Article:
Canada Government plans to ban single-use plastics as early as 2021

As learned from a Government Source, the Trudeau government is all set to ban single-use plastics like drink stirrers, plastic cutlery, plastic straws, cotton swabs, plastic plates, and some plastic bags as early as 2021. Cups made of expanded polystyrene and single-use fast food containers will also be banned. 

The full list of plastics to be banned will be made in accordance with the model chosen by the European Union. The EU model banned 10 single-use plastic items to curb ocean pollution which also includes products made of oxy-degradable plastics (plastics with additives that don’t completely biodegrade and leave micro-plastics behind) such as bags. 

Prime Minister Justin Trudeau announced the Canada-led Ocean Plastics Charter at the 44th G7 summit held in June last year, in Charlevoix, Quebec. Among the countries that immediately signed on, Germany, Canada, France, Italy, the U.k and the European Union agreed to find ways to deal with plastic litter in water-bodies. 

It was found that only 9% of plastic waste was recycled in Canada with about 87% ending up in the landfills, according to a 2016 report by consulting firms ChemInfo Services and Deloitte. These findings were commissioned by Environment and Climate Change Canada. 

Littering of single-use plastic bags is a global problem. Canadians throw away more than 34 million plastic bags every day that ends up in our landfills and seas and oceans. News of whales washing ashore dead with pounds of plastic in their stomach is not a new thing. Every day we hear news about our marine ecosystem and wildlife being harmed by deadly plastic waste. Plastic also enters our body through micro-plastics found in our food.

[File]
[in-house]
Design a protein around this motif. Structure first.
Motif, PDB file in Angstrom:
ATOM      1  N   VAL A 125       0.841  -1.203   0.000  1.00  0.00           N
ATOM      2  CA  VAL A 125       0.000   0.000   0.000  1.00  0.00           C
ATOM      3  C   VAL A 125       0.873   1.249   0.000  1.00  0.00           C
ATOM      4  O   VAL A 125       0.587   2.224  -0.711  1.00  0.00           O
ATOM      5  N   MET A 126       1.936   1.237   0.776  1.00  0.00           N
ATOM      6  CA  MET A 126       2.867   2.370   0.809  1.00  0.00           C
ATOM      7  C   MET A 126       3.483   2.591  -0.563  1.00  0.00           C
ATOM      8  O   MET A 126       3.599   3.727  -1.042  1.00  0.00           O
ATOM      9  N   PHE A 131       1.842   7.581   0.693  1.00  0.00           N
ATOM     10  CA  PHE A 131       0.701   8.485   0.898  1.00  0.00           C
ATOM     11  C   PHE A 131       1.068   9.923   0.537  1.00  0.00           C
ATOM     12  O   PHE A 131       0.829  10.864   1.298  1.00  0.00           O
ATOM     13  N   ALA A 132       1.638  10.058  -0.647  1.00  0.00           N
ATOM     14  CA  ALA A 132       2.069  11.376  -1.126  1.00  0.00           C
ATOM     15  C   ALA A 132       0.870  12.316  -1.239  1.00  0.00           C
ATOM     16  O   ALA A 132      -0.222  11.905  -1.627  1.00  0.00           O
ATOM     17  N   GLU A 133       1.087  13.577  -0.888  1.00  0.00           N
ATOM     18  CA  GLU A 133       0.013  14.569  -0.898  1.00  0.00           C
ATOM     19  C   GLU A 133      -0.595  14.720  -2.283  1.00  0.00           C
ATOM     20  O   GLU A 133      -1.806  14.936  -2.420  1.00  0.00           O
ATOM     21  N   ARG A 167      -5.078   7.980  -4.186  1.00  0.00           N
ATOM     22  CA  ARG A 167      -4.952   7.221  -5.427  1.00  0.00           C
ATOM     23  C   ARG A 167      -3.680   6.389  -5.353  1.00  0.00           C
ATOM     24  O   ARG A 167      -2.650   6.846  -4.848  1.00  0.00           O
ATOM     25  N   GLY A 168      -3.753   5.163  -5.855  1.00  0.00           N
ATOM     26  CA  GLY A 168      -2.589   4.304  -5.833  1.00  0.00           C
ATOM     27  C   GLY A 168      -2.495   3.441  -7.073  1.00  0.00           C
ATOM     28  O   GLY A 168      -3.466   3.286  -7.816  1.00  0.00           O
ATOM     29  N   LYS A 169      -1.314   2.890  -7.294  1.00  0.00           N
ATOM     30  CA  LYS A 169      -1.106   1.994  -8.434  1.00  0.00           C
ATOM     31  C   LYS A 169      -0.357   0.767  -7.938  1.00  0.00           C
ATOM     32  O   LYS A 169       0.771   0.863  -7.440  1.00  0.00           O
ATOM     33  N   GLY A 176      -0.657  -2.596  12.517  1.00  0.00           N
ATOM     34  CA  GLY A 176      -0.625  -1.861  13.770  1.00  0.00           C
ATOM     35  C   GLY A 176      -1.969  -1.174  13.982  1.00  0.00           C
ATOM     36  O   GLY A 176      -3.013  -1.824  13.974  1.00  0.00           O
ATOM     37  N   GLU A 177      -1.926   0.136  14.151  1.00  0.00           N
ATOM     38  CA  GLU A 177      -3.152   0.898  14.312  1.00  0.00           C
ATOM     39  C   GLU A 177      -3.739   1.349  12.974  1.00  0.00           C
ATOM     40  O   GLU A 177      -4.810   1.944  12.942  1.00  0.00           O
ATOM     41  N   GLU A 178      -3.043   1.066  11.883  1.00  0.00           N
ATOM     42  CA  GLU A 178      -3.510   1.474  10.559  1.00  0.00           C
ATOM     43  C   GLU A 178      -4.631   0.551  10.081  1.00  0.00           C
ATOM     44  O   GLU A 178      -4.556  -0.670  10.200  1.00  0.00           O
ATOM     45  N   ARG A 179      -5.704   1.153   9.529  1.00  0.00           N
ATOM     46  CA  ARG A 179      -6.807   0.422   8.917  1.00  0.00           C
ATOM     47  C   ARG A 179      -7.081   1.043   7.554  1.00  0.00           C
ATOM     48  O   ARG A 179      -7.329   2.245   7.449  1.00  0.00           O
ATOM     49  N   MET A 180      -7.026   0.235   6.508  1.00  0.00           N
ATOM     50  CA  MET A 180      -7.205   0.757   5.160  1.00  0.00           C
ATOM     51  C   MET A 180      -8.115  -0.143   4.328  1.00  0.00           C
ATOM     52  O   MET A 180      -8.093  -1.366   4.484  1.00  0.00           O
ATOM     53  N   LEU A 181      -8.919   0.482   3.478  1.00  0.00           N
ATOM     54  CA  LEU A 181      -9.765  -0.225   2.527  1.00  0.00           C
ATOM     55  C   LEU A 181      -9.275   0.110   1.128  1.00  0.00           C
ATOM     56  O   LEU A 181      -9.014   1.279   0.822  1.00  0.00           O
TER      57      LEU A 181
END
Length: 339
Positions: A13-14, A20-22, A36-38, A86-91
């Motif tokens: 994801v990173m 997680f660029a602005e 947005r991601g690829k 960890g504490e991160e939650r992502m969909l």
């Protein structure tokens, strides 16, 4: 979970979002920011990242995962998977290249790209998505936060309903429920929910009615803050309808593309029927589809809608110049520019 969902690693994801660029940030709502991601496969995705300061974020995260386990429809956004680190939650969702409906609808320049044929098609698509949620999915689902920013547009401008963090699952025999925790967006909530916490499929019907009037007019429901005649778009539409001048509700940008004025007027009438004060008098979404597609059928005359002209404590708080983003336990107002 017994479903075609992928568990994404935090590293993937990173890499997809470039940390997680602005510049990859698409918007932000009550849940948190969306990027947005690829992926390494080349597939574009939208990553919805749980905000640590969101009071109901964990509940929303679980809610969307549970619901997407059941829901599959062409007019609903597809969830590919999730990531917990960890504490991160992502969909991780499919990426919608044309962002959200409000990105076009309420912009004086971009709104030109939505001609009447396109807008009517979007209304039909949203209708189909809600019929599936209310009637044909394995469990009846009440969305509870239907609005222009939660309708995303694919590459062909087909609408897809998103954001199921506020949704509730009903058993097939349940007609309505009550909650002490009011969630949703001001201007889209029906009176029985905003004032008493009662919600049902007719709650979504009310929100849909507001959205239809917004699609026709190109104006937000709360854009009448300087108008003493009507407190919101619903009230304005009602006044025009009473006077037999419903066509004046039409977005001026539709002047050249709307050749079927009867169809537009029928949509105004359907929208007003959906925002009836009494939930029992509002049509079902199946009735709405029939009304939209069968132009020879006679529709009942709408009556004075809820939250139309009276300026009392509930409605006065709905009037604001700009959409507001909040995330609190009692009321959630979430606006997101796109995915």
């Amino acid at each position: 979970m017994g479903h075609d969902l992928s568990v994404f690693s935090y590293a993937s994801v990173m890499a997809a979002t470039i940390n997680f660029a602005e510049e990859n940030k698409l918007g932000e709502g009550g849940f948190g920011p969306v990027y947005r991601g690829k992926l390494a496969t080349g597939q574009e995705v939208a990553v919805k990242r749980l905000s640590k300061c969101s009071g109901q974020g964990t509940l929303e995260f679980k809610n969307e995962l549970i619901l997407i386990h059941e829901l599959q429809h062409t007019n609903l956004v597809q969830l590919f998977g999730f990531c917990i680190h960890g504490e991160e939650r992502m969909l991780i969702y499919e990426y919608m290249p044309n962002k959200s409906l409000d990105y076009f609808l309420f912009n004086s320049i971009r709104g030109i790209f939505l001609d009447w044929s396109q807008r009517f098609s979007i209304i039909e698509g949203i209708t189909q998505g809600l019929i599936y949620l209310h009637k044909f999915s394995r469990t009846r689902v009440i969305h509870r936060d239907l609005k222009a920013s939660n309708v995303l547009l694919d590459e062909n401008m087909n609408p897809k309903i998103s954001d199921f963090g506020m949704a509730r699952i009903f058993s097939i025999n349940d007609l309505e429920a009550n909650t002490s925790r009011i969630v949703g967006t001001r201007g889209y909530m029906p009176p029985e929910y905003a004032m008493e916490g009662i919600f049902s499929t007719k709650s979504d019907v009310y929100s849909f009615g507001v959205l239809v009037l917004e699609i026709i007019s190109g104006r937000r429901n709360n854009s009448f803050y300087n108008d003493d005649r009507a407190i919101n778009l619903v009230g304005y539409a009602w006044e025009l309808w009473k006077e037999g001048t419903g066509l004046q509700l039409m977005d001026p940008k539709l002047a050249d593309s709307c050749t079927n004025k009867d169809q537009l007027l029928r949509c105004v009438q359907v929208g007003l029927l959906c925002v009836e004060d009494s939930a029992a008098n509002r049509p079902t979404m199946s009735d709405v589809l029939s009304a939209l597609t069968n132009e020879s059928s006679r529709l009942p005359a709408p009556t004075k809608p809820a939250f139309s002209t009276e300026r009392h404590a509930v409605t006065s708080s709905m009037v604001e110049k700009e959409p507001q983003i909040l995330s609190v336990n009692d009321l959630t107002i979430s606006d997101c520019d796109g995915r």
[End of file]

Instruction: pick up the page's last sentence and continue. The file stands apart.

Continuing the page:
According to the survey done between 2012-2017 by consulting giants, Deloitte and ChemInfo Services, the plastic manufacturing industries in Canada alone made about $35 billion in sales. Employing 93,000 people mostly in Alberta, Ontario, and Quebec, the plastic industry is one of the fastest growing sectors. 

The $350 million plastic waste generated is left at the mercy of less than a dozen recycling companies. 

The new plastic ban will generate jobs and reduce greenhouse gases, according to the Environment and Climate Change Canada. 


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